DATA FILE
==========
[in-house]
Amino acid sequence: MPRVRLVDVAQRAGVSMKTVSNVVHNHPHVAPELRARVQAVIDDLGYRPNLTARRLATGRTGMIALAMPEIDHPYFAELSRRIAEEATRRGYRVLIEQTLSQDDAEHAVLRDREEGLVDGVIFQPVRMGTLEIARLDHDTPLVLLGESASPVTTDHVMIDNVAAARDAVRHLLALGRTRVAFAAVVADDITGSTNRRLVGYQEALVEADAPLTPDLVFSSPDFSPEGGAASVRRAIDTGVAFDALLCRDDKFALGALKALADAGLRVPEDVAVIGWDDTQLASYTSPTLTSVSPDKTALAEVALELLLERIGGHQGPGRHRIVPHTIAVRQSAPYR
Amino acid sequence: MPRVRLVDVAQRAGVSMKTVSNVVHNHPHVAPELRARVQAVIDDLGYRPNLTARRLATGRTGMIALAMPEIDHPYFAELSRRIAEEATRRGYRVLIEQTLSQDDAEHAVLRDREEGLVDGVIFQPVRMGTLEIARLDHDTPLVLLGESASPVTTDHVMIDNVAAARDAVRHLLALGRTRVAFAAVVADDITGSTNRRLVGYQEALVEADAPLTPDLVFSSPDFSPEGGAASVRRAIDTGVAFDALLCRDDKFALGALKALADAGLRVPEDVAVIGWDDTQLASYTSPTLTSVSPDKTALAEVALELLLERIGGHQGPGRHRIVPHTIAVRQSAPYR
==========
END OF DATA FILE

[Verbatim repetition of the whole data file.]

[in-house]
Amino acid sequence: MPRVRLVDVAQRAGVSMKTVSNVVHNHPHVAPELRARVQAVIDDLGYRPNLTARRLATGRTGMIALAMPEIDHPYFAELSRRIAEEATRRGYRVLIEQTLSQDDAEHAVLRDREEGLVDGVIFQPVRMGTLEIARLDHDTPLVLLGESASPVTTDHVMIDNVAAARDAVRHLLALGRTRVAFAAVVADDITGSTNRRLVGYQEALVEADAPLTPDLVFSSPDFSPEGGAASVRRAIDTGVAFDALLCRDDKFALGALKALADAGLRVPEDVAVIGWDDTQLASYTSPTLTSVSPDKTALAEVALELLLERIGGHQGPGRHRIVPHTIAVRQSAPYR
Amino acid sequence: MPRVRLVDVAQRAGVSMKTVSNVVHNHPHVAPELRARVQAVIDDLGYRPNLTARRLATGRTGMIALAMPEIDHPYFAELSRRIAEEATRRGYRVLIEQTLSQDDAEHAVLRDREEGLVDGVIFQPVRMGTLEIARLDHDTPLVLLGESASPVTTDHVMIDNVAAARDAVRHLLALGRTRVAFAAVVADDITGSTNRRLVGYQEALVEADAPLTPDLVFSSPDFSPEGGAASVRRAIDTGVAFDALLCRDDKFALGALKALADAGLRVPEDVAVIGWDDTQLASYTSPTLTSVSPDKTALAEVALELLLERIGGHQGPGRHRIVPHTIAVRQSAPYR